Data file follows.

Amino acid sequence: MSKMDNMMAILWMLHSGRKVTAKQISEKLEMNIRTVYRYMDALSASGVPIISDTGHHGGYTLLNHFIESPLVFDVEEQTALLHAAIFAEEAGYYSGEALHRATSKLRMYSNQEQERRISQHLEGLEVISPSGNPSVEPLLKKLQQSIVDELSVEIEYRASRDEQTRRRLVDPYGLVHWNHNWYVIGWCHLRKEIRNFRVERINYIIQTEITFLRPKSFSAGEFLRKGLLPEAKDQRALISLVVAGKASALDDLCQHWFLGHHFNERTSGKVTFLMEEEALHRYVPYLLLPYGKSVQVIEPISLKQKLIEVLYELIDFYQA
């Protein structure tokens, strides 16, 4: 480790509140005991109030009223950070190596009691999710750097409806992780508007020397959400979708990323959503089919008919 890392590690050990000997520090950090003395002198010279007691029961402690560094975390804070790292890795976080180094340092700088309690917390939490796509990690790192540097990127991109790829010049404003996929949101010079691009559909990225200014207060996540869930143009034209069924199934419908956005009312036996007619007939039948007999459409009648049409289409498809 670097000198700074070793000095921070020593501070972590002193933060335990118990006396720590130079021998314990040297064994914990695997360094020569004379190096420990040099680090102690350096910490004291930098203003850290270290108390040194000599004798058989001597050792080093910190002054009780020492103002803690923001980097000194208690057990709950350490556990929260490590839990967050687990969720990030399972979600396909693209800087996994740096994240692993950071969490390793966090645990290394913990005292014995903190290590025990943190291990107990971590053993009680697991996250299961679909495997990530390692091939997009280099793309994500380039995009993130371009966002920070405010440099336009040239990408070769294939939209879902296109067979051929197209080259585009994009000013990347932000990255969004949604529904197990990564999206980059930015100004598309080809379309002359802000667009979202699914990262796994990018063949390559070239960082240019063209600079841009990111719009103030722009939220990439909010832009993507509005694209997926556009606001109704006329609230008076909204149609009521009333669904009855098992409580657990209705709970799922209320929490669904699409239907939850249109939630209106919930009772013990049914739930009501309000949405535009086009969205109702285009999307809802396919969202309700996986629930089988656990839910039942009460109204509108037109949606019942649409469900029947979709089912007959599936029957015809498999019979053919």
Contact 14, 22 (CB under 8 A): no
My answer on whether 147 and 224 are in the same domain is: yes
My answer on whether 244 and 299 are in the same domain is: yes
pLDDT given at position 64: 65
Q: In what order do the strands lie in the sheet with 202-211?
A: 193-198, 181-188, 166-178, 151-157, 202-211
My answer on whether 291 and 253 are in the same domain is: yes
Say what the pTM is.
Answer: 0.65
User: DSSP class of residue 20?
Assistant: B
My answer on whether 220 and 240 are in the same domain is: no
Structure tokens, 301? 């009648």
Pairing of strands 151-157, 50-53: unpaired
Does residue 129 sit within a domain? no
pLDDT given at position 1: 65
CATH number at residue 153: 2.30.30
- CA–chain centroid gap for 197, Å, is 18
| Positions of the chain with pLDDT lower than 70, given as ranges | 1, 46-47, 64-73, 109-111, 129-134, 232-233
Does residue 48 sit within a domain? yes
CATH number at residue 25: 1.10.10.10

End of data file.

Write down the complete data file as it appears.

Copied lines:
Amino acid sequence: MSKMDNMMAILWMLHSGRKVTAKQISEKLEMNIRTVYRYMDALSASGVPIISDTGHHGGYTLLNHFIESPLVFDVEEQTALLHAAIFAEEAGYYSGEALHRATSKLRMYSNQEQERRISQHLEGLEVISPSGNPSVEPLLKKLQQSIVDELSVEIEYRASRDEQTRRRLVDPYGLVHWNHNWYVIGWCHLRKEIRNFRVERINYIIQTEITFLRPKSFSAGEFLRKGLLPEAKDQRALISLVVAGKASALDDLCQHWFLGHHFNERTSGKVTFLMEEEALHRYVPYLLLPYGKSVQVIEPISLKQKLIEVLYELIDFYQA
């Protein structure tokens, strides 16, 4: 480790509140005991109030009223950070190596009691999710750097409806992780508007020397959400979708990323959503089919008919 890392590690050990000997520090950090003395002198010279007691029961402690560094975390804070790292890795976080180094340092700088309690917390939490796509990690790192540097990127991109790829010049404003996929949101010079691009559909990225200014207060996540869930143009034209069924199934419908956005009312036996007619007939039948007999459409009648049409289409498809 670097000198700074070793000095921070020593501070972590002193933060335990118990006396720590130079021998314990040297064994914990695997360094020569004379190096420990040099680090102690350096910490004291930098203003850290270290108390040194000599004798058989001597050792080093910190002054009780020492103002803690923001980097000194208690057990709950350490556990929260490590839990967050687990969720990030399972979600396909693209800087996994740096994240692993950071969490390793966090645990290394913990005292014995903190290590025990943190291990107990971590053993009680697991996250299961679909495997990530390692091939997009280099793309994500380039995009993130371009966002920070405010440099336009040239990408070769294939939209879902296109067979051929197209080259585009994009000013990347932000990255969004949604529904197990990564999206980059930015100004598309080809379309002359802000667009979202699914990262796994990018063949390559070239960082240019063209600079841009990111719009103030722009939220990439909010832009993507509005694209997926556009606001109704006329609230008076909204149609009521009333669904009855098992409580657990209705709970799922209320929490669904699409239907939850249109939630209106919930009772013990049914739930009501309000949405535009086009969205109702285009999307809802396919969202309700996986629930089988656990839910039942009460109204509108037109949606019942649409469900029947979709089912007959599936029957015809498999019979053919």
Contact 14, 22 (CB under 8 A): no
My answer on whether 147 and 224 are in the same domain is: yes
My answer on whether 244 and 299 are in the same domain is: yes
pLDDT given at position 64: 65
Q: In what order do the strands lie in the sheet with 202-211?
A: 193-198, 181-188, 166-178, 151-157, 202-211
My answer on whether 291 and 253 are in the same domain is: yes
Say what the pTM is.
Answer: 0.65
User: DSSP class of residue 20?
Assistant: B
My answer on whether 220 and 240 are in the same domain is: no
Structure tokens, 301? 């009648």
Pairing of strands 151-157, 50-53: unpaired
Does residue 129 sit within a domain? no
pLDDT given at position 1: 65
CATH number at residue 153: 2.30.30
- CA–chain centroid gap for 197, Å, is 18
| Positions of the chain with pLDDT lower than 70, given as ranges | 1, 46-47, 64-73, 109-111, 129-134, 232-233
Does residue 48 sit within a domain? yes
CATH number at residue 25: 1.10.10.10